Since the explosion in the port of Beirut in August 2020 which sparked immense public anger against the rulers, Lebanon has been without a government. The resigning government takes care of current affairs while waiting for the formation of a new government. But nine months after being appointed Prime Minister of Lebanon, Saad Hariri has yet to form his government, as the people struggle through a violent economic crisis.
Saad Hariri is expected to announce his government this week, according to reports in the press, but he is also likely to give up doing so, as the differences between Lebanese parties run deep over the composition of the government.
Part of the political class, including Prime Minister Hariri, advocates a purely technocratic government to deal with the crisis, while another part, including President Michel Aoun and Hezbollah, believes that a representative political government will be needed. of the reality of the country.
Pending the formation of the government, Lebanese President Michel Aoun told European Union officials on Monday that parliamentary elections will go ahead as planned in the spring of next year. An announcement that could imply that the country will be ruled by a new government by the time of the election.
Meanwhile, European Union foreign ministers agreed to sanction Lebanese leaders
those responsible for the blocking from the country.
The head of French diplomacy Jean-Yves Le Drian explained that
it will be a tool of pressure on the Lebanese authorities so that they advance in the composition of the government.
However, European diplomats did not give details of the leaders to be sanctioned or the criteria they set for sanctioning those politicians.
At the same time, the French and American ambassadors in Lebanon visited last week in Saudi Arabia, a regional heavyweight, to ask the kingdom to put pressure on the Lebanese leaders.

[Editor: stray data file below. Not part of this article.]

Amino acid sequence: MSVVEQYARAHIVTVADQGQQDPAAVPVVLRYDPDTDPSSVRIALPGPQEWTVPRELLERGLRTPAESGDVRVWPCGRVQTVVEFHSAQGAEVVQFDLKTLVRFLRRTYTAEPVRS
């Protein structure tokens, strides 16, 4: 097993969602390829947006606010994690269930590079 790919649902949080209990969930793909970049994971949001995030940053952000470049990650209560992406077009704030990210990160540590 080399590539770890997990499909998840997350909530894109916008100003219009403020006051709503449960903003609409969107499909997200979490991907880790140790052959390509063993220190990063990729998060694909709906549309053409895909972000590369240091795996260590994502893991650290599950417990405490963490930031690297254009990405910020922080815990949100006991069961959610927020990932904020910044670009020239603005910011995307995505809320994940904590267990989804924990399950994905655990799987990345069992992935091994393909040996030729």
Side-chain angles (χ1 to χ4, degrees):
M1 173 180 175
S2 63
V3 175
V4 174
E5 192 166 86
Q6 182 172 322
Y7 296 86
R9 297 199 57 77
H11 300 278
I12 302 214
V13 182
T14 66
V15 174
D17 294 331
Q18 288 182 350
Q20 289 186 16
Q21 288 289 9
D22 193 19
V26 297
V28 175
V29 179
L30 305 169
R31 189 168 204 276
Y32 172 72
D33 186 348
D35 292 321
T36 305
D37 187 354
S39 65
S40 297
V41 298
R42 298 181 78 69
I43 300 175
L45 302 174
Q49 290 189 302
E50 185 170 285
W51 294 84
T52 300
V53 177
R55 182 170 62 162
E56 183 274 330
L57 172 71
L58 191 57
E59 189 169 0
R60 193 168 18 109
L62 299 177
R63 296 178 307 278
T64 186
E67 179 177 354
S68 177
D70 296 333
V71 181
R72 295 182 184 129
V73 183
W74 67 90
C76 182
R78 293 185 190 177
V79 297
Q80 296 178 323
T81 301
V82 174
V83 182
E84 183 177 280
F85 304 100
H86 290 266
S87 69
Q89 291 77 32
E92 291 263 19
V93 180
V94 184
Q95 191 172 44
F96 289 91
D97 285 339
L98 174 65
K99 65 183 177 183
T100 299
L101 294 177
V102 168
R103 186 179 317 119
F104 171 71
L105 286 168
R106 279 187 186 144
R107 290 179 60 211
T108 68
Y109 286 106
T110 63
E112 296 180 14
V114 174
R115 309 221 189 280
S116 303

This episode illustrates the political complexity of Lebanon, which stands at the crossroads of international influences.
A violent crisis
Meanwhile, the population is hit by an economic crisis described by the World Bank as one of the worst in the world since 1850.
The Lebanese pound has lost more than 90% of its value in a few weeks against the dollar. While one dollar was equivalent to 1,500 lire, it will now take 20,000 lire to acquire one US dollar.
This vertiginous degradation of the local currency caused an untenable inflation for the population. According to the United Nations, more than half of the 7 million Lebanese live below the poverty line.
The fall of the lire has also resulted in a huge shortage of gasoline that affects not only motorists and public transport, but also the electricity supply of citizens.
With power plants running on gasoline, the power supply is severely rationed.
In Beirut, the capital, people live in the dark at night. Even in the afternoon, the electricity is cut for 2 or 3 hours.
In the midst of the COVID-19 crisis, an oxygen manufacturing plant was forced to shut down production due to fuel shortages.
Port explosion, accelerator of the crisis
The explosion in the port of Beirut on August 4, 2020, which left 200 dead, more than 6,500 injured and destroyed entire neighborhoods, triggered a wave of protest from the population denouncing the country's political class.
Almost a year after the tragedy, no one responsible has yet been questioned. It was only last week that the investigating judge summoned General Security Director Abbas Ibrahim for a hearing. However, Interior Minister Mohamed Fahmi rejected the judge's request.
This angered the families of the victims, who protested outside the minister's home, joined by dozens of demonstrators.
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